Is contemporary Reader's Advisory (RA) a purely populist service? In an effort to answer that question, this paper begins with a brief account of the ideological tension between populism and elitism in the library profession. It then continues to an exploration of the views on "taste elevation" represented in seven editions of the flagship Genreflecting series, published between 1982 and 2013. On the basis of this critical interpretive work, the paper concludes that the most plausible answer to its initial question is "no." While Genreflecting portrays RA as distinctly opposed to taste elevation, the service remains fundamentally normative, and further, inescapably concerned with the improvement of individuals' tastes. This is because while advisors do not try to elevate readers' tastes in books or genres, they do seek to cultivate in patrons a preference for pleasure reading. Insofar as RA is structured to instill such a preference, and insofar as to prefer is always to prefer one thing over some alternative, RA is essentially a project devoted to taste elevation in leisure activities.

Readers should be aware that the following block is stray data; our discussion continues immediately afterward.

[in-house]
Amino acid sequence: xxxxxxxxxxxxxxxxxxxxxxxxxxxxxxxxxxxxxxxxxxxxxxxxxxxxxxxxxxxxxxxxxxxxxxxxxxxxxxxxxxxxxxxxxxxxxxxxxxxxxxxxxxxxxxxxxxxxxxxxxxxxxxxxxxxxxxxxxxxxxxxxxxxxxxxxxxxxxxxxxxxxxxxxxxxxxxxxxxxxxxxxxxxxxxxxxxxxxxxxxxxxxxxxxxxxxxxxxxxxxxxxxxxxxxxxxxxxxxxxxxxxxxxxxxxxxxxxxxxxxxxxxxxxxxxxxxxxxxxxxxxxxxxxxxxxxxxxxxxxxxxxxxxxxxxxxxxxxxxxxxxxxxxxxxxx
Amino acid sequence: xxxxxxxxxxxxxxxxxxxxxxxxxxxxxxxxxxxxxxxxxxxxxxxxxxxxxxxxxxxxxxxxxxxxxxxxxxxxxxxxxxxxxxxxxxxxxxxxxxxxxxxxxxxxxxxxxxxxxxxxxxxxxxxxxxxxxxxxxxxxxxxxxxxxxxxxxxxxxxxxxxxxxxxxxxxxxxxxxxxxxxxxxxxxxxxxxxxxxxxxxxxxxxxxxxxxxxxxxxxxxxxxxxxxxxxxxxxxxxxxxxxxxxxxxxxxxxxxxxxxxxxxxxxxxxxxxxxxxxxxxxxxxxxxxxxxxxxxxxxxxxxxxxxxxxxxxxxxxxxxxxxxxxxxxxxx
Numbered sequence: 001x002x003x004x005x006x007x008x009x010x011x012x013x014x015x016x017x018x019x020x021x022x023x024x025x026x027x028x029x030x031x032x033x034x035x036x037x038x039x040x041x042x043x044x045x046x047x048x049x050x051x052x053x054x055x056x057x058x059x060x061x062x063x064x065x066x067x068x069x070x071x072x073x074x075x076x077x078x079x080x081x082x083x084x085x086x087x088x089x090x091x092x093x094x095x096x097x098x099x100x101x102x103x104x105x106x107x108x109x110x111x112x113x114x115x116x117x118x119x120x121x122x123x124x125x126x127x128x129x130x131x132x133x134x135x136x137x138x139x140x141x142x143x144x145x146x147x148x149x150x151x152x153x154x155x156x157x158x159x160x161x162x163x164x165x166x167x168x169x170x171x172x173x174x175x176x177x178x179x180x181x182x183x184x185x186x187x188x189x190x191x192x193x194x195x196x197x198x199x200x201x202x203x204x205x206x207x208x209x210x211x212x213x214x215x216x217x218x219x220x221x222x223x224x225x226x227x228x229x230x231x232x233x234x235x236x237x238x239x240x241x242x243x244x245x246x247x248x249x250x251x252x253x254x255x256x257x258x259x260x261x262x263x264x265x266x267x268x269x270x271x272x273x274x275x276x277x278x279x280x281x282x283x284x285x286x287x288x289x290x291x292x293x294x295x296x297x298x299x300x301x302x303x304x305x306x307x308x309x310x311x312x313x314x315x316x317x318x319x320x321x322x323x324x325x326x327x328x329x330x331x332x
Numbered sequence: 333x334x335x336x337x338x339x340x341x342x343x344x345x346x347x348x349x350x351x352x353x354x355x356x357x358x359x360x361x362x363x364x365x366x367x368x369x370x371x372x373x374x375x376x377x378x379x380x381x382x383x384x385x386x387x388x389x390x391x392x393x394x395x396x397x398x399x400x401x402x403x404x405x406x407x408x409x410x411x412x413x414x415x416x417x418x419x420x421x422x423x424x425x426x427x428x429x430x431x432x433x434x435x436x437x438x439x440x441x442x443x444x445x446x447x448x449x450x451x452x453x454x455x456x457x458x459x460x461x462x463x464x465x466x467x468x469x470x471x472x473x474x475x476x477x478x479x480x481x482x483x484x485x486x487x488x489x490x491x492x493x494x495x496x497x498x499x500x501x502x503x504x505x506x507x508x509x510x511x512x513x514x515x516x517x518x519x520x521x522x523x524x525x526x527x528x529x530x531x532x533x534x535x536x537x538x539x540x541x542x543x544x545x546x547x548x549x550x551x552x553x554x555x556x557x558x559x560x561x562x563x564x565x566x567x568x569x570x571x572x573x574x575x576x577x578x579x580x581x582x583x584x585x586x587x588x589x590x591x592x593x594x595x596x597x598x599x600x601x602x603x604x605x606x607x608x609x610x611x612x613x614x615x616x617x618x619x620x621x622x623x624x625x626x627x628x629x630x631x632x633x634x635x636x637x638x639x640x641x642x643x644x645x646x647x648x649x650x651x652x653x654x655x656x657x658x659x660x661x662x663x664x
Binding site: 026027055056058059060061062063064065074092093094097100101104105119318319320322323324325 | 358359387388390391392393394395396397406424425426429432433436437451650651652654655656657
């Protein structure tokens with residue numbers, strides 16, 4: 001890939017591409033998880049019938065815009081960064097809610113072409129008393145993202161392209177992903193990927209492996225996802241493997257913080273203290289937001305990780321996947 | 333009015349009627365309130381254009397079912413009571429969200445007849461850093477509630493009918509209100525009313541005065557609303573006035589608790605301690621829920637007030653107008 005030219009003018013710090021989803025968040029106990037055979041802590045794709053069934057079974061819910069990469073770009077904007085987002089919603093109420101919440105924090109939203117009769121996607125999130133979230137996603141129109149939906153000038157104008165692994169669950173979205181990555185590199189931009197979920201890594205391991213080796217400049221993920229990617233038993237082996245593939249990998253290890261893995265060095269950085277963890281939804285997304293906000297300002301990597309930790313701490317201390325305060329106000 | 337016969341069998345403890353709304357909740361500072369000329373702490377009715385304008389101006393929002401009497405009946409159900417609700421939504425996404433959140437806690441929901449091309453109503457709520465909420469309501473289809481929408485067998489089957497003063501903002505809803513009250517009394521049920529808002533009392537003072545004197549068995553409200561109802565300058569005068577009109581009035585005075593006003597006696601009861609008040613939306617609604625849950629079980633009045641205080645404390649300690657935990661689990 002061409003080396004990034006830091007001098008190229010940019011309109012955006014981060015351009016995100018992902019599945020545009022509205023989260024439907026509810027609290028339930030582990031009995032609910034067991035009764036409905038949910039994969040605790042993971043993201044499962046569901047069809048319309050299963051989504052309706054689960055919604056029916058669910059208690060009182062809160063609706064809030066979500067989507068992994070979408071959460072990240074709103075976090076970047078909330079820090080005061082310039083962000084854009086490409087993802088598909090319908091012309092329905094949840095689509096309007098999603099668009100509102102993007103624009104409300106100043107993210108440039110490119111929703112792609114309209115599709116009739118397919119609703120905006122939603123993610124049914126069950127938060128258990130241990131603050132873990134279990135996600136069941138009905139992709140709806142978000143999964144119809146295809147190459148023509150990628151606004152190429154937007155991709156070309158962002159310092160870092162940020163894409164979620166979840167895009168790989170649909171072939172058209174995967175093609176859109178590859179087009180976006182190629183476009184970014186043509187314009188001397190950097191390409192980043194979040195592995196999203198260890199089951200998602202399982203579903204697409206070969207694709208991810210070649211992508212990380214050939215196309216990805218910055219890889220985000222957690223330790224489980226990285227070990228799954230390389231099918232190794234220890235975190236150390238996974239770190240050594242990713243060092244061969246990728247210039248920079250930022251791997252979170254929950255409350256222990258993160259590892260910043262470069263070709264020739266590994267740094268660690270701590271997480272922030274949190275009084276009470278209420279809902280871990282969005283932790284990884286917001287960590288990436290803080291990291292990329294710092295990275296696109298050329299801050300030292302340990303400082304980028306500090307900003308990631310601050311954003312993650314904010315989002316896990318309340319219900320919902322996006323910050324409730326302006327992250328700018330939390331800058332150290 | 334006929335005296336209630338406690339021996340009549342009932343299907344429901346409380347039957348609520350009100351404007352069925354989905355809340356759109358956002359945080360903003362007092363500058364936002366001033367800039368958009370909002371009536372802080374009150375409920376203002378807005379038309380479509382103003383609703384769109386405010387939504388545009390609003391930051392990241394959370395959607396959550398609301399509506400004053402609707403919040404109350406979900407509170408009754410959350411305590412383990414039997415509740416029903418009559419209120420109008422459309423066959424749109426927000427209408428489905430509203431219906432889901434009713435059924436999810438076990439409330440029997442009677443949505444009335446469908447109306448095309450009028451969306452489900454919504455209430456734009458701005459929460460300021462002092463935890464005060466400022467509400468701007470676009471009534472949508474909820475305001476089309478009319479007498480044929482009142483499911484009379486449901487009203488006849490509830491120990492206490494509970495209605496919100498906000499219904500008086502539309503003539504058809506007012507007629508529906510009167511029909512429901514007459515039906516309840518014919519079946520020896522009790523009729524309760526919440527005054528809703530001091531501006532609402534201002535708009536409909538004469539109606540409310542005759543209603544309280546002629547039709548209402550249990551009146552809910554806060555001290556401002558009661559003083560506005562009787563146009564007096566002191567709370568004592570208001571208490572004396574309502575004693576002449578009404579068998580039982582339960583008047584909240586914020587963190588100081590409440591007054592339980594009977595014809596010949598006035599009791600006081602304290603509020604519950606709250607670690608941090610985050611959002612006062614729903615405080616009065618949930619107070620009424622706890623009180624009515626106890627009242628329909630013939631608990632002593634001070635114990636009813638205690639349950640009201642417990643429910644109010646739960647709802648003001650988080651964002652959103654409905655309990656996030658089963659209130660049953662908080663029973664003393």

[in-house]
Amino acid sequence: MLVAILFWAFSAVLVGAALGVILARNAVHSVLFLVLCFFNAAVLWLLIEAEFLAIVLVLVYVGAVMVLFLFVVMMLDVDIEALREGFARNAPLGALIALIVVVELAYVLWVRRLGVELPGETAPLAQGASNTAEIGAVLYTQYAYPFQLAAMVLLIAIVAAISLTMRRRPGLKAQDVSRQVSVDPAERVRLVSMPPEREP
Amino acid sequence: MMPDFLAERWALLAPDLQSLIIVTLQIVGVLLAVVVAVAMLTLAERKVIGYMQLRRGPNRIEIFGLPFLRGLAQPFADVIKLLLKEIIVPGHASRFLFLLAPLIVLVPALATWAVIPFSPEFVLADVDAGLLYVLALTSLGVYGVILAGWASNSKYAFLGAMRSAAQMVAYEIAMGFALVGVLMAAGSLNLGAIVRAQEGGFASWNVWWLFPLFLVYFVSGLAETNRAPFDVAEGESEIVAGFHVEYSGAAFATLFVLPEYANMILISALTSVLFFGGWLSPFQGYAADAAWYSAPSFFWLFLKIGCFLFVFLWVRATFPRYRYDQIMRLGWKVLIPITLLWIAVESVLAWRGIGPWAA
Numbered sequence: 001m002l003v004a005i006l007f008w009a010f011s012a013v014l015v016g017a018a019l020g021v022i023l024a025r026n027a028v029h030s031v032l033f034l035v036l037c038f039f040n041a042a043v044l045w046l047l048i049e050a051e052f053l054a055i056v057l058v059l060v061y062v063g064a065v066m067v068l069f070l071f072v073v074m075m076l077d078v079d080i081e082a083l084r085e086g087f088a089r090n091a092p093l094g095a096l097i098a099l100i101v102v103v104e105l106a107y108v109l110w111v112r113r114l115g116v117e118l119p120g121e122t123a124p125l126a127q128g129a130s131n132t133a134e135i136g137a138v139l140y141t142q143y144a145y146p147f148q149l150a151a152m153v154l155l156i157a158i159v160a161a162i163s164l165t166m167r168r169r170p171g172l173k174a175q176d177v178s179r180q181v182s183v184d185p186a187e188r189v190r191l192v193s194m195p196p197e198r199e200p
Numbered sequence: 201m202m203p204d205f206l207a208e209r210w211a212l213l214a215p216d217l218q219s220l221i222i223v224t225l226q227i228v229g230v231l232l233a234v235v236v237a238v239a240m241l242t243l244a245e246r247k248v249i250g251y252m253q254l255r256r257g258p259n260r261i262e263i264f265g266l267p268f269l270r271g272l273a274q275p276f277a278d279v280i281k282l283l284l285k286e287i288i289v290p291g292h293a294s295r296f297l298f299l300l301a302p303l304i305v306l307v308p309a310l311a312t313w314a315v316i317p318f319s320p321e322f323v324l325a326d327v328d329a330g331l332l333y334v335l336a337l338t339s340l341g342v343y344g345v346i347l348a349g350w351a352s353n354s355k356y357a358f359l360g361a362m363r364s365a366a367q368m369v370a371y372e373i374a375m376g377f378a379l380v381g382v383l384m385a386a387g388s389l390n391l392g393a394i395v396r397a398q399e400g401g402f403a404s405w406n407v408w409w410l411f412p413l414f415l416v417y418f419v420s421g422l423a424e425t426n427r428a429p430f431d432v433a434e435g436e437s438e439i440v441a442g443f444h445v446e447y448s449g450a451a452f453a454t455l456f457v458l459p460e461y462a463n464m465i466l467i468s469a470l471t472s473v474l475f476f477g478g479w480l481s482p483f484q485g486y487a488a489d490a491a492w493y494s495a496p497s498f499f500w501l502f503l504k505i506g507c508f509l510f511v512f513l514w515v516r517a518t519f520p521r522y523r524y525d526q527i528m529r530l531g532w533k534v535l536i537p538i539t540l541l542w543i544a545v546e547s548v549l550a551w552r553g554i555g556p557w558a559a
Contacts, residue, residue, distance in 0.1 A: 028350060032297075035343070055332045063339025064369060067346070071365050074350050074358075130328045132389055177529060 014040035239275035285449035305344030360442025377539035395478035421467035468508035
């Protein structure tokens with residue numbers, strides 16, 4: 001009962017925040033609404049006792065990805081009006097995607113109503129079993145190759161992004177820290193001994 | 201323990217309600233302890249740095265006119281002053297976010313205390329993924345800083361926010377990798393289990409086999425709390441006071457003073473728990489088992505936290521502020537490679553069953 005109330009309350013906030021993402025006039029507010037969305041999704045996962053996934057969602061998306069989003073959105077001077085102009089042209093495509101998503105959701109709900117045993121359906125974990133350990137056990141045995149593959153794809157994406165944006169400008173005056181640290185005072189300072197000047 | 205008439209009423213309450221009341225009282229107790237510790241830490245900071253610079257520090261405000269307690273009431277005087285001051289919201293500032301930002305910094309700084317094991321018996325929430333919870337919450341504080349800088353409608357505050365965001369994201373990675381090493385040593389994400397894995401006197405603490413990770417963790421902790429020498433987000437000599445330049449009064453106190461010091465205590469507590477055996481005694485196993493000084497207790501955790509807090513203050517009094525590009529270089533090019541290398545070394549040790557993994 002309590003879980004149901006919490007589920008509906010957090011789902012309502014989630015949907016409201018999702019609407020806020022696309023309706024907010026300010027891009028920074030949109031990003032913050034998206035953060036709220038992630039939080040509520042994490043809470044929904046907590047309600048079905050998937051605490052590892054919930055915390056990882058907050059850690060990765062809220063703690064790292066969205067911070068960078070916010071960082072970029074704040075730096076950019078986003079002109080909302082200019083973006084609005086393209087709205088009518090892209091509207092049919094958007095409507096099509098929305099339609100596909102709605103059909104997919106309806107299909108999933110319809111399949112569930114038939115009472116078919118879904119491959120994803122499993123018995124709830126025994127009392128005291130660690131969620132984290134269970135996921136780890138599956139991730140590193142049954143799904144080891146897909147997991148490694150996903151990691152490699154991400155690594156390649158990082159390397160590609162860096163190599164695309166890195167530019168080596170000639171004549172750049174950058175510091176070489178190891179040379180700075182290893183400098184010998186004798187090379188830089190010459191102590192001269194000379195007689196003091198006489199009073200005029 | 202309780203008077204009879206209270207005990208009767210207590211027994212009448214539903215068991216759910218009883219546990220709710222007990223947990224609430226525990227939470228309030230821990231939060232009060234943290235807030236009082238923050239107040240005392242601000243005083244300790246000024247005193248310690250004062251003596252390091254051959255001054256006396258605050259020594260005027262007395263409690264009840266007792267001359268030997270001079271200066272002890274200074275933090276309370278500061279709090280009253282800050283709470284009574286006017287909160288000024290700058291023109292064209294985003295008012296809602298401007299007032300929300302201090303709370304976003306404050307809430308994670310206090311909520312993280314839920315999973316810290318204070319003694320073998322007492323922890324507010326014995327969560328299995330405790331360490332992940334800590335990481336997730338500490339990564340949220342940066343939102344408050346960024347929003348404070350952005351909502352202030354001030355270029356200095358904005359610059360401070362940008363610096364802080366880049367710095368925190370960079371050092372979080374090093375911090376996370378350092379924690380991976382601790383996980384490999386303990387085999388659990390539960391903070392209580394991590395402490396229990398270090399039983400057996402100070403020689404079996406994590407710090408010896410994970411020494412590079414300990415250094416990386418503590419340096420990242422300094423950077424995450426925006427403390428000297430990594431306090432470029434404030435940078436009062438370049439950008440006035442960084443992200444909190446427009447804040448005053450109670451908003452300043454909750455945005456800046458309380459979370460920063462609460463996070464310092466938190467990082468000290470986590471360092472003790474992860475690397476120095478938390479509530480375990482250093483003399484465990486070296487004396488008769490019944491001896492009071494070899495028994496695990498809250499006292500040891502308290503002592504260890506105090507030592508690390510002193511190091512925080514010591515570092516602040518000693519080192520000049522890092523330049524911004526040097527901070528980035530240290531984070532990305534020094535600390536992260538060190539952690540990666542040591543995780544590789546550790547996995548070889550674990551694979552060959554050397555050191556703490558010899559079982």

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pp. 491-507
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